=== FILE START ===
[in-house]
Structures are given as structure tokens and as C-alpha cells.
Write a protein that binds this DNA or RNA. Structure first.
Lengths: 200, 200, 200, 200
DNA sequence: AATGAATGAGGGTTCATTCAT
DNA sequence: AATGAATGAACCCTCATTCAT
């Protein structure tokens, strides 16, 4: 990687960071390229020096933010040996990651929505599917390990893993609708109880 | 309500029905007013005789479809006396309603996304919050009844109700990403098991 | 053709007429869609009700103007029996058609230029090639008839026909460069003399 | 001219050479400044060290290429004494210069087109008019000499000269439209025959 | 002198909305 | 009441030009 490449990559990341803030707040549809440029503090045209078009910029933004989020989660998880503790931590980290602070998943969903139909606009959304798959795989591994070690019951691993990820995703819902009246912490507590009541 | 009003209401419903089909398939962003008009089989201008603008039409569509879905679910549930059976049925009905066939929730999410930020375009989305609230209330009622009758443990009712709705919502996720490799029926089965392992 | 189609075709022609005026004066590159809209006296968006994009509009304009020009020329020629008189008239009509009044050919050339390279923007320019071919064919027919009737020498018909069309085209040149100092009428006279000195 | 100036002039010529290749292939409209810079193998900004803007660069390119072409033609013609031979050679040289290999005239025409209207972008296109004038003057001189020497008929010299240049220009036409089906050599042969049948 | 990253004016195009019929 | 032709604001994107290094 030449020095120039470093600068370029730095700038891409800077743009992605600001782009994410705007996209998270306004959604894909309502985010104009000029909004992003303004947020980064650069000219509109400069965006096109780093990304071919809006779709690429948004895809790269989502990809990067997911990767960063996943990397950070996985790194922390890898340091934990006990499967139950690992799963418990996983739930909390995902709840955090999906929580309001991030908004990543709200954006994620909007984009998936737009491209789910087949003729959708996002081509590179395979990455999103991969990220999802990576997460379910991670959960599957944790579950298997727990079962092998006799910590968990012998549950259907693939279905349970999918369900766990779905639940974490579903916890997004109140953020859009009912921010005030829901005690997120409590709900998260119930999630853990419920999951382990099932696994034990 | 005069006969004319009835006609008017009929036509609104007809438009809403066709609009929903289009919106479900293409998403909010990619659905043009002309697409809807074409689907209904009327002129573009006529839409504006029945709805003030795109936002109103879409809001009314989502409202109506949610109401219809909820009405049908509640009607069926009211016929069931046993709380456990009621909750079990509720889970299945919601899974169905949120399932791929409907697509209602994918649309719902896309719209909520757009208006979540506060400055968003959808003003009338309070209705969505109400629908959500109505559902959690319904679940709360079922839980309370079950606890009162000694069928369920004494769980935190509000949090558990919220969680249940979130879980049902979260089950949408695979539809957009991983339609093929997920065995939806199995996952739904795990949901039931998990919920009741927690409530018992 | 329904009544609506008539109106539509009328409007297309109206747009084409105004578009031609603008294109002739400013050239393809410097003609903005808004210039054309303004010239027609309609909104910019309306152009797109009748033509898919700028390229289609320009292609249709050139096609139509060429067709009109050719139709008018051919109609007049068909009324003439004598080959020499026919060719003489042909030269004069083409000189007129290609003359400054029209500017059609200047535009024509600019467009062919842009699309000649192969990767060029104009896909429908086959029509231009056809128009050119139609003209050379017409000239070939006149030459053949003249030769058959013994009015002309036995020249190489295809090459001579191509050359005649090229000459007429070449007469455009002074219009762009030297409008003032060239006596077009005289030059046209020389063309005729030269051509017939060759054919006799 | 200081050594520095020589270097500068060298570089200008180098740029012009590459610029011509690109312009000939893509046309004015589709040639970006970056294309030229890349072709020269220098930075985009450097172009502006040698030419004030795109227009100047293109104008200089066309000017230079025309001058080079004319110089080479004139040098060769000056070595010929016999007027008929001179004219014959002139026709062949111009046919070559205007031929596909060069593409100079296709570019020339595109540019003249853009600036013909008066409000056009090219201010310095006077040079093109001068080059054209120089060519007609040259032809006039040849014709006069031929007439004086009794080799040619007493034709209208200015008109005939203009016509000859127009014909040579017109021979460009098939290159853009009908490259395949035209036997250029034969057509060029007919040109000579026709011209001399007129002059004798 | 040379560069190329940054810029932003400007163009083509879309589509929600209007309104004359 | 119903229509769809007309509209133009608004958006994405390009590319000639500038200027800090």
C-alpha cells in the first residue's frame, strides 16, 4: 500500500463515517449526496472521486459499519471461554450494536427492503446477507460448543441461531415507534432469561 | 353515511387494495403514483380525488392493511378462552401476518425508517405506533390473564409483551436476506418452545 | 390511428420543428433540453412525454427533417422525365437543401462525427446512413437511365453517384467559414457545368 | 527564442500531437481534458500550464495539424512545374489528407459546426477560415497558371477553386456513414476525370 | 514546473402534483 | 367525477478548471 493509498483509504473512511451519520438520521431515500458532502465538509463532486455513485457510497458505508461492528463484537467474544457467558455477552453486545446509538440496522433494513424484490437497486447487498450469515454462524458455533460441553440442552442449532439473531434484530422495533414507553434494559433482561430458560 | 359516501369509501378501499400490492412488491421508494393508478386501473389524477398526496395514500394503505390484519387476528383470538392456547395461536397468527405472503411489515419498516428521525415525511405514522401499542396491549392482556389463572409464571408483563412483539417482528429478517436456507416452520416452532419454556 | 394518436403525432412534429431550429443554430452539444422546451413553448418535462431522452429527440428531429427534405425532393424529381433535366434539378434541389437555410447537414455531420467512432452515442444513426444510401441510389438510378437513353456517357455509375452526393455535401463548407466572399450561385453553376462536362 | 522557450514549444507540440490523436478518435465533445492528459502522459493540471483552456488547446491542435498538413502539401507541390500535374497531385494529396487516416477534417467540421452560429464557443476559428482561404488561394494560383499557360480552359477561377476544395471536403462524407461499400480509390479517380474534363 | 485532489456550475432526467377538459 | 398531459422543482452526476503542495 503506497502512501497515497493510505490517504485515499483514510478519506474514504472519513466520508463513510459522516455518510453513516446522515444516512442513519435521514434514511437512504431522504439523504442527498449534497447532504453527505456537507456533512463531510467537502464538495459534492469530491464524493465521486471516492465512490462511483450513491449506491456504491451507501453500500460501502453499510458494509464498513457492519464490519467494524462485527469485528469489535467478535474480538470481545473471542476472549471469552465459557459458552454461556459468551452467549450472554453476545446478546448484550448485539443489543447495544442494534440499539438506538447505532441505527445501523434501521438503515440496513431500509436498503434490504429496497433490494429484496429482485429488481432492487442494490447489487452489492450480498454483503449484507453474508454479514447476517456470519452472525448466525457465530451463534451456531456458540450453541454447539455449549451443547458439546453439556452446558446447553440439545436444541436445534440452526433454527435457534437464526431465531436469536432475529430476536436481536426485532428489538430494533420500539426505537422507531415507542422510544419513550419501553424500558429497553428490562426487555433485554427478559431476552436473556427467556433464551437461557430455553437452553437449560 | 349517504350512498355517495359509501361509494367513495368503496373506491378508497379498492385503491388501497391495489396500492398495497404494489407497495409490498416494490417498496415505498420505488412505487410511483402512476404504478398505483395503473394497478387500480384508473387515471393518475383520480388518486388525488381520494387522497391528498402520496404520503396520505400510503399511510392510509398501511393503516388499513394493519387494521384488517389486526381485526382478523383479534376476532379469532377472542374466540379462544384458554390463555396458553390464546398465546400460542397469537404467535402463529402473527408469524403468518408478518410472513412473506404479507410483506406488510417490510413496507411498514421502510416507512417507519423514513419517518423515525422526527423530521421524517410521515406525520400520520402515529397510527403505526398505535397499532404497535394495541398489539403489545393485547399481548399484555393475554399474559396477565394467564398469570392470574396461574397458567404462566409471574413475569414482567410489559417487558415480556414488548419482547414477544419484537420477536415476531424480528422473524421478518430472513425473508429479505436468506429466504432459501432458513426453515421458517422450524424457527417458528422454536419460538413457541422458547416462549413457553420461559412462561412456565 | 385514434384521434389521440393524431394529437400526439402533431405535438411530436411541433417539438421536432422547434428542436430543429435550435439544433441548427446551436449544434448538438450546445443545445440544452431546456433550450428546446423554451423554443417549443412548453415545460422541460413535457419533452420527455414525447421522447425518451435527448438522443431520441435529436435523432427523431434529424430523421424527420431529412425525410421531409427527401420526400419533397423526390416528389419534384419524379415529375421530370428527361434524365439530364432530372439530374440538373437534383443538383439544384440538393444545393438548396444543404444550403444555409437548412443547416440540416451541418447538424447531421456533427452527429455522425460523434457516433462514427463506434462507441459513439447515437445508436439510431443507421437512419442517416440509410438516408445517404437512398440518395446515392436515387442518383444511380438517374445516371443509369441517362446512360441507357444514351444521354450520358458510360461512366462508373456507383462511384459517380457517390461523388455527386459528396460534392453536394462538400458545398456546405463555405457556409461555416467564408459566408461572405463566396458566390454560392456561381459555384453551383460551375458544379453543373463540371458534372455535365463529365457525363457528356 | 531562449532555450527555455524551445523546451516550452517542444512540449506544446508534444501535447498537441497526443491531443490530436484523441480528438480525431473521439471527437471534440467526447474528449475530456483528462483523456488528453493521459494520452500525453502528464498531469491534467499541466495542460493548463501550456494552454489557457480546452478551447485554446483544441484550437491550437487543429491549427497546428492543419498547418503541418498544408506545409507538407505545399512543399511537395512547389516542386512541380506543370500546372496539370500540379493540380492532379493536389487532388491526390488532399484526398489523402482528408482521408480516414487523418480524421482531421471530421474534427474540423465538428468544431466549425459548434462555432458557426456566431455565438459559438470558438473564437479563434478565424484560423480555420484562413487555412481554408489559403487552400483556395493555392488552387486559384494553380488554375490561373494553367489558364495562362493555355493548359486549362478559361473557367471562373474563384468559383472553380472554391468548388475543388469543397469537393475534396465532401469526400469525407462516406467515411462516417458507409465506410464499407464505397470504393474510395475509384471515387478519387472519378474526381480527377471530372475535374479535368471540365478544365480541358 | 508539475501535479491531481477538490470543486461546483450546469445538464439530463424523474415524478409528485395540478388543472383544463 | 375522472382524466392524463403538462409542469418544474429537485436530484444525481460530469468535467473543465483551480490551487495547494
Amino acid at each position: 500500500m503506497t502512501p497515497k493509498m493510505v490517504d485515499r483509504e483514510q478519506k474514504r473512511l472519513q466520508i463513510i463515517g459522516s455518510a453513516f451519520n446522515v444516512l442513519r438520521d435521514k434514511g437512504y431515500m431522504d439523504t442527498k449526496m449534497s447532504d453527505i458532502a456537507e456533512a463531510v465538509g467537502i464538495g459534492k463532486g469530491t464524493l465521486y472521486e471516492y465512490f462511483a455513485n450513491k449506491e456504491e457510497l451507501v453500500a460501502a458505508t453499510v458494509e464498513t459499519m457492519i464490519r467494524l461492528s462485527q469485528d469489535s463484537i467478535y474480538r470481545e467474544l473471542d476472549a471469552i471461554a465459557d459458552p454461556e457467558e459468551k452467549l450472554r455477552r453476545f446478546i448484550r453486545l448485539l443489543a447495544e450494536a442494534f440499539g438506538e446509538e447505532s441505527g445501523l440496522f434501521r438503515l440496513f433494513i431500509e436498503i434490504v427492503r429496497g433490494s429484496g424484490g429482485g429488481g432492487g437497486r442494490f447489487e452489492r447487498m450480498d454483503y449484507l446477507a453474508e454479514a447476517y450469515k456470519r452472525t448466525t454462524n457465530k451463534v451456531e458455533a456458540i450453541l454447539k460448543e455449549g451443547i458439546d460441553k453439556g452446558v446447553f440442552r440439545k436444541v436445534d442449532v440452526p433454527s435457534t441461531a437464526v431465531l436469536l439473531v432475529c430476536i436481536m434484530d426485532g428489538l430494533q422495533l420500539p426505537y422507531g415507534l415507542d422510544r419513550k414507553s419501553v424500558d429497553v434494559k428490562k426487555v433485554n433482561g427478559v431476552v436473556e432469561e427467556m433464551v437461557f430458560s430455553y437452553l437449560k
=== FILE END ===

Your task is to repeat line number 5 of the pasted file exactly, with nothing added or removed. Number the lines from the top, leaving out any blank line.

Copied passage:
DNA sequence: AATGAATGAGGGTTCATTCAT